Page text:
The company, called Eolas Technologies, originally filed suit against Microsoft in 1999, alleging that the Redmond, Wash., giant infringed on one of its patents when enabling Internet Explorer to use plug-ins and applets in the software. The company's technology was first outlined in a patent application in the early 1990s.
Martin Lueck, an attorney with Robins Kaplan Miller & Ciresi who represented Eolas, said the jury likely was swayed by internal documents from Microsoft. The specific patent from Eolas was not mentioned in the documents, but Microsoft executives had described the necessity for technology that conformed to the outlines of the patent.
"Microsoft executives talked about the need to have a browser that would serve as an application delivery platform," Lueck said.
The University of California will receive 25 percent of the proceeds from the verdict, while Eolas will obtain the rest, minus legal fees and costs, Lueck said. The university owns the patent for the technology, which it licensed to Eolas in 1994. Eolas has one formal employee, Mike Doyle, who is a former University of California researcher.
"It's been 10 years since we first created the technology, and it has been a long road," Doyle said. He added that the company will use the proceeds of the case to fund research projects already under way at Eolas. Eolas has 100 stockholders.
Although Eolas obtained a jury verdict on Monday, the case is far from over. Microsoft will appeal.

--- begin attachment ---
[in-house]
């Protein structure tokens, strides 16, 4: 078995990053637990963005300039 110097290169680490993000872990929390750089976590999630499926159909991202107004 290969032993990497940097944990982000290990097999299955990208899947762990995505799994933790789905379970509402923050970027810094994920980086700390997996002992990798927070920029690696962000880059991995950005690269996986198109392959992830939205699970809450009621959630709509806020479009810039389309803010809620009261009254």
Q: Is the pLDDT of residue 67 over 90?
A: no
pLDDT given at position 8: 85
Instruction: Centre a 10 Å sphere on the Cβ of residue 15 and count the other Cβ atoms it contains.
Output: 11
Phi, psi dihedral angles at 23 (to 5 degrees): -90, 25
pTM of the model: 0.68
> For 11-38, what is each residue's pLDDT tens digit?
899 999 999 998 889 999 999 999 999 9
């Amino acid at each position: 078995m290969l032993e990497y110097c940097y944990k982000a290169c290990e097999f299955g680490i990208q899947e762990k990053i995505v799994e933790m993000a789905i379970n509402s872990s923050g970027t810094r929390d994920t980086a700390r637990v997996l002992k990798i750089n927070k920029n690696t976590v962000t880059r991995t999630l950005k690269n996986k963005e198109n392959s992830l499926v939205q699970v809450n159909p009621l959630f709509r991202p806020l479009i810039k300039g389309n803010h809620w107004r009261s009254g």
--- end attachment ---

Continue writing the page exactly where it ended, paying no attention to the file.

"While today's outcome is disappointing, we do plan to appeal this decision, and we are confident the facts and the law will support our position," Microsoft said in a statement. "We believe the evidence will ultimately show that there was no infringement of any kind and that the accused feature in our browser technology was developed by our own engineers based on pre-existing Microsoft technology."
Additionally, the judge in the district court case will hear evidence in the coming weeks on a counterclaim from Microsoft. The software giant said the Eolas' patent is invalid and that an inventor name Pei Wei, who worked at O'Reilly and Associates, came up with similar technology, but at an earlier time. A Microsoft representative said that Eolas knew of his work, which makes their lawsuit inequitable.
Lueck dismissed Microsoft's allegations that the technology was covered by earlier inventions crafted by Pei Wei.
"If you look at the time when these patents were filed, 1993, the Internet was just beginning. There isn't any prior art," Lueck said. "It is a weak argument."
The technology in question is one of the fundamental elements of Web browsing. Applets and plug-ins allow Web surfers to view multimedia or real-time content within a Web browser rather than a separate software application. Features such as movie clips, streaming audio, and live stock quotes can be embedded into a Web page and served to consumers.
Eolas claimed that Microsoft's patent infringement allowed the software giant to win the browser war against Netscape Communications. Microsoft in May said it would pay AOL Time Warnerbrought on by America Online subsidiary Netscape.
The patent was originally filed by the University of California and inventors Michael Doyle, David Martin and Cheong Ang.
Eolas also came up with the "e" logo, which IBM purchased the rights to use in 1997.